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The Princeton Encyclopedia of Classical Sites

Smintheion (in Chrysa)

Smintheion. Strabo (13. 604.46-605.49) calls Smintheion an Apollo sanctuary, which still in his time was in Chrysa, a site in S Troas. The cult image of Apollo Smintheus is supposed to have been fashioned by Skopas. The name Smintheus supposedly referred to the mouse that was fixed to the feet of the Apollo statue. According to Strabo there were several sanctuaries so named, located especially in Troas and on the nearby island of Tenedos. The sanctuary, i.e. the temple, in Chrysa was evidently the most important of these.
  In 1853 the English captain Spratt discovered in the SW corner of Troas below the village then named Kulahli the remains of ancient Chrysa, at that time probably better preserved than they are now. The location is called Gulpinar today and lies at the end of a paved road 25 km long, leading W from Assos. The W coast of Troas (near the ancient Hamaxitos) is only 3 to 4 km distant, the coast of the Gulf of Edremit (Atramyttion) somewhat farther. Thirteen years after Spratt's discovery, the Society of Dilettanti commissioned R. P. Pullan to investigate the site of the Smintheion of Chrysa. In the autumn of 1866 Pullan's excavations were completed. His report appeared in 1881 (Antiquities of Ionia, IV, pp. 40ff, pls. 26-30). The plates depict not so much the state of the excavated findings as Pullan's reconstructions. In vol. 5 of the same work (1915) appeared some supplements to Pullan's publications by W. R. Lethaby (see below for further references). Since the temple edifice excavated by Pullan no longer exists and the other architectural remains have also almost all been lost, great importance has accrued to the early publication even if it no longer satisfies present-day points of view.
  According to Pullan the Temple of Chrysa was an Ionic pseudo-dipteral structure (8 x 14 columns); the substructure of 11 steps has, however, been questioned (see Dinsmoor below, p. 272, n. 2). The stylobate was 40.4 by 22.5 m. In front of the cella to the E lay a deep pronaos or vestibule, in back, a short opisthodomos, each with two columns in antis. The narrow Ionic columns of 24 flutes stood upon an extraordinary base that represented a type of "Ephesian-Attic" mixed form (cf. H. C. Butler, Sardis, II, p. 114, fig. 11). The columns carried richly decorated Hellenistic capitals, one of which is still preserved. The visible parts of the building were of marble. There was in addition a decorated figure frieze (0.8 m in height) above the architrave. Pullan was not able to display the six frieze slabs in his publication. They have now for the most part been lost, along with the other remains of the temple, so that a few years ago only one complete slab in Gulpinar and a few fragments were rediscovered and could be published (see below, H. Weber). Depicted are a two-horse chariot with driver and two other persons, two battle scenes between armed men, and single male and female figures, which unfortunately have recently become detached from the relief.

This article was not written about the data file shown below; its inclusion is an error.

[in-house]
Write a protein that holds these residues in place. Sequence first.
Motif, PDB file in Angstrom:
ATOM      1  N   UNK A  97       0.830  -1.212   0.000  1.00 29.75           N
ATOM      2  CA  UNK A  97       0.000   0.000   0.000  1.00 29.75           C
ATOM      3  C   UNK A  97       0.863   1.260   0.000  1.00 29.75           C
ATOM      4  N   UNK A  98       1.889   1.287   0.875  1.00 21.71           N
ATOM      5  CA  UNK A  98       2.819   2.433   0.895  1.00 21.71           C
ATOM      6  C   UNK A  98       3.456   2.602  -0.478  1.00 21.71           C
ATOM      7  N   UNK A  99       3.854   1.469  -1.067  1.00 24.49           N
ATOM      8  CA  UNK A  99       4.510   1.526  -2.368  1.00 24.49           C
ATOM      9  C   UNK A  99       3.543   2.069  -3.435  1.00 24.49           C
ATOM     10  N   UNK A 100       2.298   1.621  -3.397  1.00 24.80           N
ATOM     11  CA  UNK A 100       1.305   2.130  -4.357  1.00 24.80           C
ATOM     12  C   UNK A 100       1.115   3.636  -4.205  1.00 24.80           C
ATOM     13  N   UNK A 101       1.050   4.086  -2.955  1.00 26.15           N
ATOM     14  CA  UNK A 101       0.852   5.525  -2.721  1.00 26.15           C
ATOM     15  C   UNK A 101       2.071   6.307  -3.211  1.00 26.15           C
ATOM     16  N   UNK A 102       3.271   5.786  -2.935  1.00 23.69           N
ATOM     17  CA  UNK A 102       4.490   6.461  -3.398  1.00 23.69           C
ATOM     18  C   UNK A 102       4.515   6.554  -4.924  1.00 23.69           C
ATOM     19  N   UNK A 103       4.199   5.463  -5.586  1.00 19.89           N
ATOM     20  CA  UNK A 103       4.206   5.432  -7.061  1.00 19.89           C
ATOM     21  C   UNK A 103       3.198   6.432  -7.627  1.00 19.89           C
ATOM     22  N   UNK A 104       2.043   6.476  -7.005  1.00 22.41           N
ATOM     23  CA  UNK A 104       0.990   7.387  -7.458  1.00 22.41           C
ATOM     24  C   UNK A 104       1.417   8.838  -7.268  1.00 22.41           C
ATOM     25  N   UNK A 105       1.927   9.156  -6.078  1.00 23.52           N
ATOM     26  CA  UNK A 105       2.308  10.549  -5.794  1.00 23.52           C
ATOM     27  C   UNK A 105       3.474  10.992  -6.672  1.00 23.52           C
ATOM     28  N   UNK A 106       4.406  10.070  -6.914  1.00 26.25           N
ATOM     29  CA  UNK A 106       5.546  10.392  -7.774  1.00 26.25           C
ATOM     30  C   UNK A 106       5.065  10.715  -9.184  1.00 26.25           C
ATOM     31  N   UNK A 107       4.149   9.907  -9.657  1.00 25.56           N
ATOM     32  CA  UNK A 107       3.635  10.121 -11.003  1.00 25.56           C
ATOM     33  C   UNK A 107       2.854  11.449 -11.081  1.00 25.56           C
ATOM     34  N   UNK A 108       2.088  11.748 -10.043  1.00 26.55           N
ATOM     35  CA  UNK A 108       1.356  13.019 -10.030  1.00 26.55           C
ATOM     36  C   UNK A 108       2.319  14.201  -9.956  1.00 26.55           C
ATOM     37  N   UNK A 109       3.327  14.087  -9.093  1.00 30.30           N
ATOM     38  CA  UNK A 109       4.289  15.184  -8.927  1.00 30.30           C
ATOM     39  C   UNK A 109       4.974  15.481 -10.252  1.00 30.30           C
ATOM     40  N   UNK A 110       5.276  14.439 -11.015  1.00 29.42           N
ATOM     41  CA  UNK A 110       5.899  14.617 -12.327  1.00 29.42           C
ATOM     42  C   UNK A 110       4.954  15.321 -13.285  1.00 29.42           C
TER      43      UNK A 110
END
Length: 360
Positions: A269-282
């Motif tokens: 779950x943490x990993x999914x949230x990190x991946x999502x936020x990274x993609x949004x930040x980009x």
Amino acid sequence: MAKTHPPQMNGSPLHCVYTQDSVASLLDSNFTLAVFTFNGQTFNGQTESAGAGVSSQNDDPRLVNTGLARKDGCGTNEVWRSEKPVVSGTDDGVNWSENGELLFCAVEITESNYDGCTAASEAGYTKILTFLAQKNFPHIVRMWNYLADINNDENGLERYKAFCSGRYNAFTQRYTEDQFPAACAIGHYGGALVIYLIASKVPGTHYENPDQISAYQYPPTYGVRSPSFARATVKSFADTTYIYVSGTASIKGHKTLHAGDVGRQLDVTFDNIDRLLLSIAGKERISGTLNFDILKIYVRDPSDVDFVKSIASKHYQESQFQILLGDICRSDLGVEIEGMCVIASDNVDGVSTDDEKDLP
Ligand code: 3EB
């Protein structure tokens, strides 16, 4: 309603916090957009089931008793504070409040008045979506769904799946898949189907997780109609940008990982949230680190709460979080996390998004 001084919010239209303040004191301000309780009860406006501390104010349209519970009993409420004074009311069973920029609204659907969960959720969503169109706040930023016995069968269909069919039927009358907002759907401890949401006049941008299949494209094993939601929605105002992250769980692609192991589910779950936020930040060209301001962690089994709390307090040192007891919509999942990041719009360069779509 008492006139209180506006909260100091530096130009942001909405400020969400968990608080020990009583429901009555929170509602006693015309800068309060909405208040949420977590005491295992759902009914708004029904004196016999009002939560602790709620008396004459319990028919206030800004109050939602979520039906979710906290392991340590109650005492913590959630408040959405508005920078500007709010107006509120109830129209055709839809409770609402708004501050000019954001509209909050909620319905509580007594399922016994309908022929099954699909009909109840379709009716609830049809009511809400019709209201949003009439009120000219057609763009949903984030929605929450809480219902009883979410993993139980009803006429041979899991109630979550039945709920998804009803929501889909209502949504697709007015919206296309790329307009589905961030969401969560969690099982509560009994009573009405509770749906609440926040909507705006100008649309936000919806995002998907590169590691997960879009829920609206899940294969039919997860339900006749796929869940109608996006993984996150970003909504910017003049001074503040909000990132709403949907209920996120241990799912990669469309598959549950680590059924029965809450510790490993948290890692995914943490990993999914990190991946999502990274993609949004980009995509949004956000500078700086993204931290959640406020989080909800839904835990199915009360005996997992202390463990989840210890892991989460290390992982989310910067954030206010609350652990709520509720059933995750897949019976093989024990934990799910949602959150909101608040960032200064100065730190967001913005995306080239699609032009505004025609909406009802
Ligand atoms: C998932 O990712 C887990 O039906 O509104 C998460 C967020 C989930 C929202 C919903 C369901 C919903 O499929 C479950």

To judge from the building ornamentation and the style of the frieze, the temple was constructed ca. 200 B.C. or in the early 2d c. Accordingly the cult image by Skopas (see below, Grace and Lacroix) must have been carried over from an older edifice into the later Hellenistic temple.
  The building remains that can still be seen in the valley below the village of Gulpinar consist partly of brick walls and could belong to the site of Chrysa seen by Strabo.

H. Weber, ed.
This text is from: The Princeton encyclopedia of classical sites, Princeton University Press 1976. Cited Nov 2002 from Perseus Project URL below, which contains bibliography & interesting hyperlinks.

Harpers Dictionary of Classical Antiquities


A city on the coast of the Troad, near Thebes, with a temple of Apollo Smintheus; celebrated by Homer.

Greek & Roman Geography (ed. William Smith)


Chrysa (Chruse, Chrusa: Eth. Chruseus). Stephanus (s. v.) has a list of various places so called. He does not decide which is the Chrysa of Homer (Il. i. 37, 390, 431). He mentions a Chrysa on the Hellespont, between Ophrynium and Abydus. Pliny (v. 30) mentions Chryse, a town of Aeolis, as no longer existing in his time. He also mentions a Chryse in the Troad, and apparently places it north of the promontory Lectum, and on the coast. He says that Chrysa did not exist, but the temple of Smintheus remained; that is, the temple of Apollo Smintheus. The name Smitheus, not Smintheus, appears on a coin of Alexandria of Troas (Harduin?s note on Plin. v. 30). The Table places Smynthium between Alexandria and Assus, and 4 miles south of Alexandria. Strabo places Chrysa on a hill, and he mentions the temple of Smintheus, and speaks of a symbol, which recorded the etymon of the name, the mouse which lay at the foot of the wooden figure, the work of Scopas. According to an old story, Apollo had his name Smintheus, as being the mouse destroyer; for Sminthus signified mouse, according to Apion. Strabo has an argument to show that the Chrysa of the Iliad was not the Chrysa near Alexandria, but the other place of the same name in the plain of Thebe, or the Adramyttene. He says that this Chrysa was on the sea, and had a port, and a temple of Smintheus, but that it was deserted in his time, and the temple was transferred to the other Chrysa. There is, however, little weight in Strabo's argument, nor is the matter worth discussion.

This text is from: Dictionary of Greek and Roman Geography (1854) (ed. William Smith, LLD). Cited Aug 2005 from The Perseus Project URL below, which contains interesting hyperlinks

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